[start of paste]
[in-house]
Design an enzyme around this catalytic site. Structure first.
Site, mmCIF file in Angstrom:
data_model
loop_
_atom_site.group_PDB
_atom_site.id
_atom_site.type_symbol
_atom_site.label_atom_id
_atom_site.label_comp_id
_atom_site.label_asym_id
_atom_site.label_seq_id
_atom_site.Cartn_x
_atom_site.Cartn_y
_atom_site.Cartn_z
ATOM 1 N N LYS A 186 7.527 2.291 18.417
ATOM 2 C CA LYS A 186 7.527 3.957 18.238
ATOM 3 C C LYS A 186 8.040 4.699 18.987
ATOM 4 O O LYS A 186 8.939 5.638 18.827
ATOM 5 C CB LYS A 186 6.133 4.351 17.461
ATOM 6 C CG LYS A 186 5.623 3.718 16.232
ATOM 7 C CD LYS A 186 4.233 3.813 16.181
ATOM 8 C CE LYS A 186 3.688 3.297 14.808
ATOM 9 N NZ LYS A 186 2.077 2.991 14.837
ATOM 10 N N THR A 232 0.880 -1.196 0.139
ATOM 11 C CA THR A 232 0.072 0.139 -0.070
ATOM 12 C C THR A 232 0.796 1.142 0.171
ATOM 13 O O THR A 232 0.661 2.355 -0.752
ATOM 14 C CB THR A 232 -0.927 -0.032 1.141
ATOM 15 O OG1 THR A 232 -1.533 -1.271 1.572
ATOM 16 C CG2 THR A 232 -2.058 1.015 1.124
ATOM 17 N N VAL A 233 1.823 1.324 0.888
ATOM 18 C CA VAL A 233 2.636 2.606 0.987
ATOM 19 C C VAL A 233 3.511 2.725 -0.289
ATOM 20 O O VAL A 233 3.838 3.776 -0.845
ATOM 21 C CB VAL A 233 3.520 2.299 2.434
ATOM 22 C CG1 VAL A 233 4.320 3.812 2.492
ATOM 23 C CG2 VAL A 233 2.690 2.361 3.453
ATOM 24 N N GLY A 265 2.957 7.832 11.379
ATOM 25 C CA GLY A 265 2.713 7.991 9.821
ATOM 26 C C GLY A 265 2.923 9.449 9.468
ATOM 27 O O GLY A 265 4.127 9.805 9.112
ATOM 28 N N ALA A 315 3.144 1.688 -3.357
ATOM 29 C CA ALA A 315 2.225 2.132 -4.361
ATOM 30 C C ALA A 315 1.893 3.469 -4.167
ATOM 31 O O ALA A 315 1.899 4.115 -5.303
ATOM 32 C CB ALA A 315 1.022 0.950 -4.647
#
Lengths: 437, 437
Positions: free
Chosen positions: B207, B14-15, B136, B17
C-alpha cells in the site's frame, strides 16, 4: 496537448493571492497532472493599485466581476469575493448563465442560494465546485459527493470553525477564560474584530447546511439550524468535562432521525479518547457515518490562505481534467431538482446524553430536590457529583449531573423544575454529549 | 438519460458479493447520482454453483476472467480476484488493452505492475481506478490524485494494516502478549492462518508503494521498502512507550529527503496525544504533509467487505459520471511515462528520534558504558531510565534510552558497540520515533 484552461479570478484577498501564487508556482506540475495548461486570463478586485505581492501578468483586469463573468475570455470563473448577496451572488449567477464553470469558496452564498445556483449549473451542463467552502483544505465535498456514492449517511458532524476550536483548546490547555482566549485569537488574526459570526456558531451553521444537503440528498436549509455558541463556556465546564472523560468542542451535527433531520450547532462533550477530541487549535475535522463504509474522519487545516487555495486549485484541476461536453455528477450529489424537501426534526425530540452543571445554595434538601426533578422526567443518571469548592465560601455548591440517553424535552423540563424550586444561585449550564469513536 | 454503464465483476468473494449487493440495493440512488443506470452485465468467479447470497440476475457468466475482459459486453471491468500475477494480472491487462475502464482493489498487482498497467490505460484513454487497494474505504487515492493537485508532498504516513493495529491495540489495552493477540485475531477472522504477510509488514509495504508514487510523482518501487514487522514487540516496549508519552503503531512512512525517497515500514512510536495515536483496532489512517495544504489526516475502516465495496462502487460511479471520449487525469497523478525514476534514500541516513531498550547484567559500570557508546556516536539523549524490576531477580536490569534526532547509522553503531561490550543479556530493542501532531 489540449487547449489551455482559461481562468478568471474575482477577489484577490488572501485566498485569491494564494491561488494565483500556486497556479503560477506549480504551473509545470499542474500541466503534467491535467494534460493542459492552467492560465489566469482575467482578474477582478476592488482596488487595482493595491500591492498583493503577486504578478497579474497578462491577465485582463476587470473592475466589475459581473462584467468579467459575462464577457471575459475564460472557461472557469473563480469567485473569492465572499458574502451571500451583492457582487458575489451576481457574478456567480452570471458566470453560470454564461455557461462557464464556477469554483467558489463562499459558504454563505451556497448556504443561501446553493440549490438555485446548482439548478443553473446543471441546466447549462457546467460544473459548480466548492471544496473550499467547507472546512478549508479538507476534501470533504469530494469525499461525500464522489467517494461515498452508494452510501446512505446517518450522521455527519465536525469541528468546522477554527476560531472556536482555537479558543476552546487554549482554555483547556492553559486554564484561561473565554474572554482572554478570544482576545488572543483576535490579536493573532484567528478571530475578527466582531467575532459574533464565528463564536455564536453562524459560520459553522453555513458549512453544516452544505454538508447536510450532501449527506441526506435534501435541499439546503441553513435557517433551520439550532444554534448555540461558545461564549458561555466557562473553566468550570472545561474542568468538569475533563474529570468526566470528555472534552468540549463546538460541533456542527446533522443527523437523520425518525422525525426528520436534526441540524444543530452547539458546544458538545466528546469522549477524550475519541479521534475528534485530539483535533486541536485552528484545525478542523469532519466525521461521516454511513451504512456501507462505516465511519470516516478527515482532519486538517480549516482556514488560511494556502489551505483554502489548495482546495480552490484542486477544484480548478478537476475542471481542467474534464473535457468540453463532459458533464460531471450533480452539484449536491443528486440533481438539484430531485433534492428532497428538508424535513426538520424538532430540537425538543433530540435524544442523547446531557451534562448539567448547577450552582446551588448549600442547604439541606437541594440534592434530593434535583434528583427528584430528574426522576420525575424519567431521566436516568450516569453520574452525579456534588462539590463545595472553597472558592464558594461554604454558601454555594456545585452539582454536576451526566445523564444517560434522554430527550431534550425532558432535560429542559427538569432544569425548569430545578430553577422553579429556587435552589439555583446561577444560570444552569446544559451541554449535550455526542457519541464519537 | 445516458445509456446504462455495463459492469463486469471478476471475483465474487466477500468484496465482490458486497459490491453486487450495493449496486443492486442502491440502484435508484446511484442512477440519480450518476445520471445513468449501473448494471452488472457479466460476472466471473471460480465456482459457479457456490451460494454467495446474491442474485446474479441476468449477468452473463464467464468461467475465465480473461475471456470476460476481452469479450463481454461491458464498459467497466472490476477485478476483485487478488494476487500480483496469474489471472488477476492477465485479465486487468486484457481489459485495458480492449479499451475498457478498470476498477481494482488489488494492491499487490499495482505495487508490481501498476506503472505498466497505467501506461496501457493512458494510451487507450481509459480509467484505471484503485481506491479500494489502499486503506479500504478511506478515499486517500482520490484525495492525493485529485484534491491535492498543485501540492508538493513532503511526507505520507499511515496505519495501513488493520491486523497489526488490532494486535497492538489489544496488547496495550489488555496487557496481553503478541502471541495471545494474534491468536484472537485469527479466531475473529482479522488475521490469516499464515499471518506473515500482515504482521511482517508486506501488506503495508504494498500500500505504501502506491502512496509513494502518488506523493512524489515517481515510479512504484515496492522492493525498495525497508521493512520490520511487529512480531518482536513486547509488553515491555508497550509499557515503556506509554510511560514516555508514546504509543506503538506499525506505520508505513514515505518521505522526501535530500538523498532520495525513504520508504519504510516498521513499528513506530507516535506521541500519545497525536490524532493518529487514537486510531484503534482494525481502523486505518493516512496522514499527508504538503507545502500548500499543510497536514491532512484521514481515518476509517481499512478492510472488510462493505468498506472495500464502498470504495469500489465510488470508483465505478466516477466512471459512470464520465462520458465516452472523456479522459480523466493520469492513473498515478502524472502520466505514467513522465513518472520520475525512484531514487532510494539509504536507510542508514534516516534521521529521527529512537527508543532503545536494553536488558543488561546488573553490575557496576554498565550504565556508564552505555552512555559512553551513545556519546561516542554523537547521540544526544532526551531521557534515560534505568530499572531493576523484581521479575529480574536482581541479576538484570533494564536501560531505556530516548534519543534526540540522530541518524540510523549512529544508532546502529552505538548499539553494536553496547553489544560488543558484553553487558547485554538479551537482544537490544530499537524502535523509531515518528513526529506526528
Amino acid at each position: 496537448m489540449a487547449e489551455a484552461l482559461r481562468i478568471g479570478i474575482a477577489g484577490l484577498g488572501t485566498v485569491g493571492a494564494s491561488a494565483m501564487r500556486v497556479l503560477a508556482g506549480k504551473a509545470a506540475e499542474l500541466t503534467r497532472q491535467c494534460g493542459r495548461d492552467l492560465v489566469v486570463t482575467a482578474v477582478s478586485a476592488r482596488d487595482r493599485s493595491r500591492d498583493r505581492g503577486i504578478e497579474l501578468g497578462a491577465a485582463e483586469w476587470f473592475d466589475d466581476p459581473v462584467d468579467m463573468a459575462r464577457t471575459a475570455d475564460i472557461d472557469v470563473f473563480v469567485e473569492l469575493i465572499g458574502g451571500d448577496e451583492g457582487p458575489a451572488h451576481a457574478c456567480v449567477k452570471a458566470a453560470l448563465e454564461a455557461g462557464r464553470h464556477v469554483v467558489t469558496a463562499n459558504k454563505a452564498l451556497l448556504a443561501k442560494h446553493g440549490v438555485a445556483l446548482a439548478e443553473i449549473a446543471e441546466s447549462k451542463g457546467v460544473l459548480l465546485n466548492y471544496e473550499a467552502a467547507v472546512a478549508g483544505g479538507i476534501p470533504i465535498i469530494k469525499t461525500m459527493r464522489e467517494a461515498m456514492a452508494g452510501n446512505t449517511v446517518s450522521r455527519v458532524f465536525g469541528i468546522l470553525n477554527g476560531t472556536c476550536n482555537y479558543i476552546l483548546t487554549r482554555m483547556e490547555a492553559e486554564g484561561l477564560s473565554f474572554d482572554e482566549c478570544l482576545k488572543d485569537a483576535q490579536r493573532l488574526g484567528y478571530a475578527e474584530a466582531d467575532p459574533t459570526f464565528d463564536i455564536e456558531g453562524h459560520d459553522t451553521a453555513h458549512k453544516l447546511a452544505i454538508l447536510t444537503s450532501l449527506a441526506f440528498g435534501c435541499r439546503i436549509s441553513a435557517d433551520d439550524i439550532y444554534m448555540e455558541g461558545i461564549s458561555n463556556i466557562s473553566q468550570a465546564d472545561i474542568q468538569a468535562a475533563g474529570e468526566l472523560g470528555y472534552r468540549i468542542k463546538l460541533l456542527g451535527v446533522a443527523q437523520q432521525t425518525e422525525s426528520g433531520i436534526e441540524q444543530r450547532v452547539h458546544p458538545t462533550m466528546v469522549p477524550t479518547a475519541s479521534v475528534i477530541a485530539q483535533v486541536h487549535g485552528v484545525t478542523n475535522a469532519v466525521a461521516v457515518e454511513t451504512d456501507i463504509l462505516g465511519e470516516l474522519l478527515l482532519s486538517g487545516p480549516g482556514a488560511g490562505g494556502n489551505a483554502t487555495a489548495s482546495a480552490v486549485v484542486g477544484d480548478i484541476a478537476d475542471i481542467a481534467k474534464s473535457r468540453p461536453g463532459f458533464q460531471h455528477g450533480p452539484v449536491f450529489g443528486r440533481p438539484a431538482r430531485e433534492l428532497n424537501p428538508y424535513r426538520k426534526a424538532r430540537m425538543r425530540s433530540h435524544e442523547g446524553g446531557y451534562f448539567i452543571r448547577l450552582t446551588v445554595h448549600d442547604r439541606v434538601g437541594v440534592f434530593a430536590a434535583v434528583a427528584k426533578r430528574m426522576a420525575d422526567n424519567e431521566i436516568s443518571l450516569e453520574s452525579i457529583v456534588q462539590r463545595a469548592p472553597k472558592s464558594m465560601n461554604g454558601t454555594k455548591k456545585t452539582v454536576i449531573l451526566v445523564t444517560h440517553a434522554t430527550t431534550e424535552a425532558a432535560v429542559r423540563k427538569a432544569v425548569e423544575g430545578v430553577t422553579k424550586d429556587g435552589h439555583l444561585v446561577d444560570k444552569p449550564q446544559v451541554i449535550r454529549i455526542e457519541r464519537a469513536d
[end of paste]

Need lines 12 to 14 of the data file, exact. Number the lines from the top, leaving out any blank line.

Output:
_atom_site.label_seq_id
_atom_site.Cartn_x
_atom_site.Cartn_y